Apr 29, 2020
Charles Topliff and Joanne Truong have been named as recipients of the 2020 National Defense Science and Engineering Graduate (NDSEG) Fellowships. They are both Ph.D. students in the Georgia Tech School of Electrical and Computer Engineering (ECE).
The NDSEG Fellowships are funded by the U.S. Department of Defense (DoD), through the Office of the Under Secretary for Research and Engineering and the military services, to promote education in science and engineering disciplines relevant to the DoD mission.
Topliff is a second year ECE Ph.D. student in the machine learning program. He is co-advised by ECE Associate Professors Morris Cohen and Mark Davenport. Topliff’s research is focused on time series forecasting using modern machine learning techniques. He is also interested in explainability in machine learning.
For many applications in time series forecasting, it isn’t enough to just improve predictive capabilities. As an example, Topliff wants to know when solar flares can be expected to influence the power grid and what can done to prepare. However, it would be difficult to convince anyone to make decisions without explainability. Having a strong understanding of why Topliff’s models produce forecasts that necessitate action will provide guidance for authorities in their decision making.
Truong is a first year ECE Ph.D. student in the robotics program. She is co-advised by Sonia Chernova and Dhruv Batra, who are associate professors in the School of Interactive Computing and the Machine Learning Center. Truong’s long-term research goal is to allow robots to intelligently interact with humans in complex environments to improve quality of life. She hopes to develop techniques to enable the transfer of robot skills learned in simulation to a real robotic system. This is important because working in simulation presents many benefits: it’s often cheaper, faster, and safer than working on a real robot. However, it’s non-trivial to transfer this learned knowledge onto a real robot, as many inconsistencies and differences exist between the simulation platform and the real world.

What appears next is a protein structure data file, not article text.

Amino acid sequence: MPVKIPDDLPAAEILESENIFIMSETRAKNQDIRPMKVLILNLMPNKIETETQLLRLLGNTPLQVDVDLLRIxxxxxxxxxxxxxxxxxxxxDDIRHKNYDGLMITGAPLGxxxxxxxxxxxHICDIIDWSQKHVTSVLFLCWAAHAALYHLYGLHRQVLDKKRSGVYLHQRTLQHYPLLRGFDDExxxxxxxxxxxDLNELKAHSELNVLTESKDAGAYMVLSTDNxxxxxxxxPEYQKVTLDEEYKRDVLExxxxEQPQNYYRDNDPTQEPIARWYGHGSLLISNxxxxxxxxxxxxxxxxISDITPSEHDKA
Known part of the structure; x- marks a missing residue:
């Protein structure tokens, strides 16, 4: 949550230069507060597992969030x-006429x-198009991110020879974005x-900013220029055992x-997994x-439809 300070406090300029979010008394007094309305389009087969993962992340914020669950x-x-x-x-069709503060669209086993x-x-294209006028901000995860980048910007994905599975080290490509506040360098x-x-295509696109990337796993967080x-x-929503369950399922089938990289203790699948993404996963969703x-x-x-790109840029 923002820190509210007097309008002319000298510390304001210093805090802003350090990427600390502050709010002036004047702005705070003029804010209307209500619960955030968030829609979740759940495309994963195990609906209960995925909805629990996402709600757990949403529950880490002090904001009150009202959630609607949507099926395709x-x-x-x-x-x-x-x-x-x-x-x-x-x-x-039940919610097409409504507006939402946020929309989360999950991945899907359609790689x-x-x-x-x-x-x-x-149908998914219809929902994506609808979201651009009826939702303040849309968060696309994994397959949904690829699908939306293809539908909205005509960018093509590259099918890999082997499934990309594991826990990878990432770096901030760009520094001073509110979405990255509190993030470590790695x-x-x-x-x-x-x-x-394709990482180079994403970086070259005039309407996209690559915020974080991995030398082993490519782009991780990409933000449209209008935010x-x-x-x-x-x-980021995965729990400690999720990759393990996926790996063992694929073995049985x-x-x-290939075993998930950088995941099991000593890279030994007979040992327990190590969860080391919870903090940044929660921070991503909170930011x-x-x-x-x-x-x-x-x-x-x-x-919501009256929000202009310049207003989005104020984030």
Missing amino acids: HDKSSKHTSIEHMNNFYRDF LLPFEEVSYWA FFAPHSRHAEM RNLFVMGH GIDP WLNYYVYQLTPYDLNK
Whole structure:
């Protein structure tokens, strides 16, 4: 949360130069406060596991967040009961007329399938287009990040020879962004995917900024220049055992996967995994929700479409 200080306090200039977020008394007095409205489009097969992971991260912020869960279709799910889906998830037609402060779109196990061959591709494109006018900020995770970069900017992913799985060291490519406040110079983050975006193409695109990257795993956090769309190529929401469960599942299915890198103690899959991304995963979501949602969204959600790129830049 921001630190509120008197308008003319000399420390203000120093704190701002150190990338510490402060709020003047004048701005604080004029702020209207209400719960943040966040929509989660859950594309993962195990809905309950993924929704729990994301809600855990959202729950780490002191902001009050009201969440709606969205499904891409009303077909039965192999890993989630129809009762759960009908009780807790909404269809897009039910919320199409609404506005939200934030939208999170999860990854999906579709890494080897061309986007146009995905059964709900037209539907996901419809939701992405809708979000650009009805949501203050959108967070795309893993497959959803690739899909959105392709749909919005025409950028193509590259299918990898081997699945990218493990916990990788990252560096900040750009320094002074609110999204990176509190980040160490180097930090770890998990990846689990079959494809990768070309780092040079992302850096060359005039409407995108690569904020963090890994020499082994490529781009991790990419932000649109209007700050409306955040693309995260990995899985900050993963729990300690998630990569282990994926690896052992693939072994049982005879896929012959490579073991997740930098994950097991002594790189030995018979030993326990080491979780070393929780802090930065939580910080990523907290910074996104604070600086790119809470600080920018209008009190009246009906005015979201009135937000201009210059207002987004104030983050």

Truong hopes to develop generalization techniques to bridge the gap between simulation and reality so that robotics developments can be done by more artificial intelligence researchers/students – even those who don’t have access to the physical hardware, which will help to accelerate robotics research.